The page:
Universal credit is often described as a troubled programme, and the problems with it go right back to the initial naivety of Ministers about implementing a programme of this scale. My hon. Friend Catherine McKinnell pointed out in her excellent opening speech that we were originally told that it was all going to be done and dusted by October 2017. I was the Opposition spokesperson in this area at the time that was said, and I pointed out that that was not a plausible timescale. We are now told that it will be done by 2022, which is five years’ late, and it will be delayed further still.
The most astonishing example of naivety was in “21st Century Welfare”, a document published in July 2010. Paragraph 7 of chapter 5 says:
“The IT changes that would be necessary to deliver a more integrated system would not constitute a major IT project”.
That is the heart of the problem. There was an utter failure at the outset to grasp the scale of what was involved; there has been not just one major IT project but several.
There is an enduring problem, which probably underpins a number of the difficulties that we have heard about today, including the unexplained overpayments that my hon. Friend referred to in her opening speech. That problem is the fact that real-time information does not work properly. RTI is the system through which employers notify Her Majesty’s Revenue and Customs in an automated way about how much they are paying to each of their employees in each month. It appears that there are serious inaccuracies in the data being sent to HMRC. Of course, those data are then sent on to the Department for Work and Pensions, and as a result errors are being made in the calculation of how much universal credit is due. It looks as though that will become an increasingly major problem.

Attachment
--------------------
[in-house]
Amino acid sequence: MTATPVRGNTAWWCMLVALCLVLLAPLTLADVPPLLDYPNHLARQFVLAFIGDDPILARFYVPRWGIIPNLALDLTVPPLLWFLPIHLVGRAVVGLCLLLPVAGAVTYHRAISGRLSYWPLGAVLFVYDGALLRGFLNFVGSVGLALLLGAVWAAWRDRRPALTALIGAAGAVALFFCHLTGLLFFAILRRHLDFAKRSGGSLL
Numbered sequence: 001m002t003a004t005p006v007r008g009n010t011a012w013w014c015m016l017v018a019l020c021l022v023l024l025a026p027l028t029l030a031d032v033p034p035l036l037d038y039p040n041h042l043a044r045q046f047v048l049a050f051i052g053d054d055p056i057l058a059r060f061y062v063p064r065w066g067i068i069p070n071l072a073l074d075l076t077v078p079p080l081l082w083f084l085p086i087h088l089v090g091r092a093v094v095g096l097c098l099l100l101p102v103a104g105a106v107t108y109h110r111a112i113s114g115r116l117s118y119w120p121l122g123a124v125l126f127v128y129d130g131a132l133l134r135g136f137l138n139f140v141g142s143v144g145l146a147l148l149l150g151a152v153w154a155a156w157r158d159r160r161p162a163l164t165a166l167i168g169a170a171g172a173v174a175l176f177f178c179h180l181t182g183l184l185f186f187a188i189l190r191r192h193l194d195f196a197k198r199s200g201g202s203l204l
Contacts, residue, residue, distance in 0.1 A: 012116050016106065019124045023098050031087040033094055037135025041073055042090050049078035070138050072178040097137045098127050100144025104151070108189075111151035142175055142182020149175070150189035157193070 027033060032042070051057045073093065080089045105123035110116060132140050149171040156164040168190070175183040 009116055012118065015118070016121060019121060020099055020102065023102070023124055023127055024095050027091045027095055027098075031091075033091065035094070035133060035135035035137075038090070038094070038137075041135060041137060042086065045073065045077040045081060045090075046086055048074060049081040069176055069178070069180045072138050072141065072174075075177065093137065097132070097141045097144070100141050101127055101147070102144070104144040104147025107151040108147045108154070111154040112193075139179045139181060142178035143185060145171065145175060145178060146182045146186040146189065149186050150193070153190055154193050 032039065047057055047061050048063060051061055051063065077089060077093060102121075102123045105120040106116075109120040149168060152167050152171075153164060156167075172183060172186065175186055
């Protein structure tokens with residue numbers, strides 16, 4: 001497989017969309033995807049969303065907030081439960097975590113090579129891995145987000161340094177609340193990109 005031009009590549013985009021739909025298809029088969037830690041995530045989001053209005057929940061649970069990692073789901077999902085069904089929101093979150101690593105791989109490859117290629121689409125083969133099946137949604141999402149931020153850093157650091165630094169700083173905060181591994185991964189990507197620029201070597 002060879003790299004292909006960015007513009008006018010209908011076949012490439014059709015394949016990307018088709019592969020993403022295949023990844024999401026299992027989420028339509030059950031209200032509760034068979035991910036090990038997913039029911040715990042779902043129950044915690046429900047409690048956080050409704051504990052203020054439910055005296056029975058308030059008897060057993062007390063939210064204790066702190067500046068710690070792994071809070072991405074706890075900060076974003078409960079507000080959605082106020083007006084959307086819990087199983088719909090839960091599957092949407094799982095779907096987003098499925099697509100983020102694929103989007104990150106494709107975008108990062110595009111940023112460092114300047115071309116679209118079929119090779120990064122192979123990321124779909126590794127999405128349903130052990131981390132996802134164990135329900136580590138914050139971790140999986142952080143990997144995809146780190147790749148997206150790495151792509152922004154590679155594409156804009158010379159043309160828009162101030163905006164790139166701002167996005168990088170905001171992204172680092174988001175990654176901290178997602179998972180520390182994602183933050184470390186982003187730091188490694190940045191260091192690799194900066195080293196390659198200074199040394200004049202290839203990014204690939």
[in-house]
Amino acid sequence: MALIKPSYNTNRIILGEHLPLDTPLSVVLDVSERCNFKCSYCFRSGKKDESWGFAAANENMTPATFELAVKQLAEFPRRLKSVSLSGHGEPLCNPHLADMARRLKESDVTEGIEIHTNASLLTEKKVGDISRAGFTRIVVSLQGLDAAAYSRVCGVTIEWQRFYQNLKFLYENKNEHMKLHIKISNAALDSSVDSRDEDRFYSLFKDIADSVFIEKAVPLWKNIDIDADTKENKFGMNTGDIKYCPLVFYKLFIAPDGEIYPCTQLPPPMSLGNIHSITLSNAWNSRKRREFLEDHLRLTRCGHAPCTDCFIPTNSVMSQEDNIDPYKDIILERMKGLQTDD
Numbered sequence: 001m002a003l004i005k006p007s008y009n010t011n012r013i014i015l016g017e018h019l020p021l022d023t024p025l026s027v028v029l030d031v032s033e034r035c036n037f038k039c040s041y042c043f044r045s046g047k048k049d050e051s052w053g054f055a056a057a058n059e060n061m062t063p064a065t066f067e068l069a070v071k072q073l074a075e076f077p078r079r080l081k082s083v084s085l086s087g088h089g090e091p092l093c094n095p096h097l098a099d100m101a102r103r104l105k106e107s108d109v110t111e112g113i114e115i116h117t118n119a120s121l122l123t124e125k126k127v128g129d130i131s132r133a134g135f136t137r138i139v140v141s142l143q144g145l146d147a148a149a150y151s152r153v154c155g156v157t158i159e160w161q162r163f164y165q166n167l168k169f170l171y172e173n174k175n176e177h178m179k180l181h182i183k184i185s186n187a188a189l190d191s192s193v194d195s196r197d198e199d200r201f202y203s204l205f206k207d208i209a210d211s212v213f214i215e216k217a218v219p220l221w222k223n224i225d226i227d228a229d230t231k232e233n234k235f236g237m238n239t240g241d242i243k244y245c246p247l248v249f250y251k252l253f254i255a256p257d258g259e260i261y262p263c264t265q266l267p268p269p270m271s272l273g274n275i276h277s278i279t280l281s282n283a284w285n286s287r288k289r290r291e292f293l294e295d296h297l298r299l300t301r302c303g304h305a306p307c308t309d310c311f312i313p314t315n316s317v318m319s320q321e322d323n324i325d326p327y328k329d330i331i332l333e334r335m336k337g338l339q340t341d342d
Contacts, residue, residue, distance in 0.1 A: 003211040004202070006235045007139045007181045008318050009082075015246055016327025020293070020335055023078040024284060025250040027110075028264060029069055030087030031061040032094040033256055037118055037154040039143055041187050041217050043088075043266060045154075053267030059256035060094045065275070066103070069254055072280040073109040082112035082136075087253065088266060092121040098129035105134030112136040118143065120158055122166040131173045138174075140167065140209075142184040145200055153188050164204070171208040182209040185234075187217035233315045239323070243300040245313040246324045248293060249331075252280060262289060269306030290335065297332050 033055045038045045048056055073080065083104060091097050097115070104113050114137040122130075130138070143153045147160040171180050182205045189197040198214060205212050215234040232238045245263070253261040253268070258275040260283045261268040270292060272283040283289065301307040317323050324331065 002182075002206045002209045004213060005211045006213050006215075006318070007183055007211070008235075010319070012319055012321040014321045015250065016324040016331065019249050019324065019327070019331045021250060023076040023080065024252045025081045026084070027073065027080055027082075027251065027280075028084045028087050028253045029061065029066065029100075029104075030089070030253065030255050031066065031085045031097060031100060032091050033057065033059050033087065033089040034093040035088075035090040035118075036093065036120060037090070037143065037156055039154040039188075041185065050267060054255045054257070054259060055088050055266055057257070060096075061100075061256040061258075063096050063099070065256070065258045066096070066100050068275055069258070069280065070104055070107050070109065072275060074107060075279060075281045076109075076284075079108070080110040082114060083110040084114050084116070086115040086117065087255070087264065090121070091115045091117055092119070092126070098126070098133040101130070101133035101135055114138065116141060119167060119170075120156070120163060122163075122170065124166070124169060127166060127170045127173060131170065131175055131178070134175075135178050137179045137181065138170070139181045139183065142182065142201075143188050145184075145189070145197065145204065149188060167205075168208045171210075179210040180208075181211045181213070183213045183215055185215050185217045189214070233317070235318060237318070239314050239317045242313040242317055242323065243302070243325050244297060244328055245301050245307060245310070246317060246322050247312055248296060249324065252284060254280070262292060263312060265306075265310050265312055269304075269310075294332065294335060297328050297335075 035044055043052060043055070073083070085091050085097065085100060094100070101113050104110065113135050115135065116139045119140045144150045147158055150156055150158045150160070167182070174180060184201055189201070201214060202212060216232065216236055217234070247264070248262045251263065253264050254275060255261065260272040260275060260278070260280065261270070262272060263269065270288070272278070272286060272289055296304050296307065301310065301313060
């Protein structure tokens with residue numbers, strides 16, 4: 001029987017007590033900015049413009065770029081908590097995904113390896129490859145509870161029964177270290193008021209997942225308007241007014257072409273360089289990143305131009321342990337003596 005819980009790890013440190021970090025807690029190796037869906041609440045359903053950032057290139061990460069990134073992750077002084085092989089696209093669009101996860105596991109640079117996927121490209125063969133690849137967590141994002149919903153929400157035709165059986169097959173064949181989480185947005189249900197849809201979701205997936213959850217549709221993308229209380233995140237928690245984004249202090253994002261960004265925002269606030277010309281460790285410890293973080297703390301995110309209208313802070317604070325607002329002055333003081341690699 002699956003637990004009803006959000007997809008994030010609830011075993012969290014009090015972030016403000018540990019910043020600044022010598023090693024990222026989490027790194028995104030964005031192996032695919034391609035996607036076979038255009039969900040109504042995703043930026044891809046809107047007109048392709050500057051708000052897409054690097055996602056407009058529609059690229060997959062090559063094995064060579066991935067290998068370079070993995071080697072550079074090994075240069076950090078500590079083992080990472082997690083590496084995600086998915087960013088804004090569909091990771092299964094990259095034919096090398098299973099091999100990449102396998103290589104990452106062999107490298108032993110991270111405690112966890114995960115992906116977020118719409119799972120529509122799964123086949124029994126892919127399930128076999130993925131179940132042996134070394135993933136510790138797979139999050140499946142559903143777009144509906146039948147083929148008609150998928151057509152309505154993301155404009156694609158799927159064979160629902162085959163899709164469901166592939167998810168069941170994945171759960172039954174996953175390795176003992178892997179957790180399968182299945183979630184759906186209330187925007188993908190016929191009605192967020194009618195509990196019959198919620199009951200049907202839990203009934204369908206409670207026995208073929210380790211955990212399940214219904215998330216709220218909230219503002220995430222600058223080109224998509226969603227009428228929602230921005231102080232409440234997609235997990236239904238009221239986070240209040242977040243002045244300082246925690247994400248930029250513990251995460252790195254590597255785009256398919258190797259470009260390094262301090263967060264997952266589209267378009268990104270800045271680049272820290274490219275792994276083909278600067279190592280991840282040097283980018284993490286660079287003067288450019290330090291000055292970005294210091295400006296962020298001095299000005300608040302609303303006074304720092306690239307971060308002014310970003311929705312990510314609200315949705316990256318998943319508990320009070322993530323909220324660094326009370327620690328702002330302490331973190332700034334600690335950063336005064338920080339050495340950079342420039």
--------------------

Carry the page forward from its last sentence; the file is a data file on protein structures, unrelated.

It is well-known that there have been problems with RTI. We were promised that a post-implementation review was going to be published last month. It has not been published and there is no sign of it as yet, which reflects the scale of the problems that HMRC is facing. The Institute of Chartered Accountants in England and Wales submitted evidence to the post-implementation review almost exactly a year ago, saying:
“There is a significant risk to the successful roll-out of universal credit…if immediate steps are not taken to resolve the underlying system issues that lead to data corruption within HMRC systems, which are then passed on to universal credit claimants.”
Can the Minister give us any reassurance that these very serious problems will be fixed by HMRC before we have more problems of the kind that we have heard about today, or can he at least tell us when the post-implementation review of RTI will finally be published?
There are benefits, in principle, from universal credit; Justin Tomlinson has a point. Community Links—which works with jobseekers and claimants in my constituency and which has pointed out repeatedly what a grim experience going to the jobcentre has become since 2010 because of the changes that have been made—also says: “At its best, universal credit has transformed client-coach relationships for the better”. There is real potential and the system could be significantly better, but it will not improve and its potential will not be realised unless these major technical problems are resolved. I hope that the Minister will be able to give us some encouragement that they will be resolved.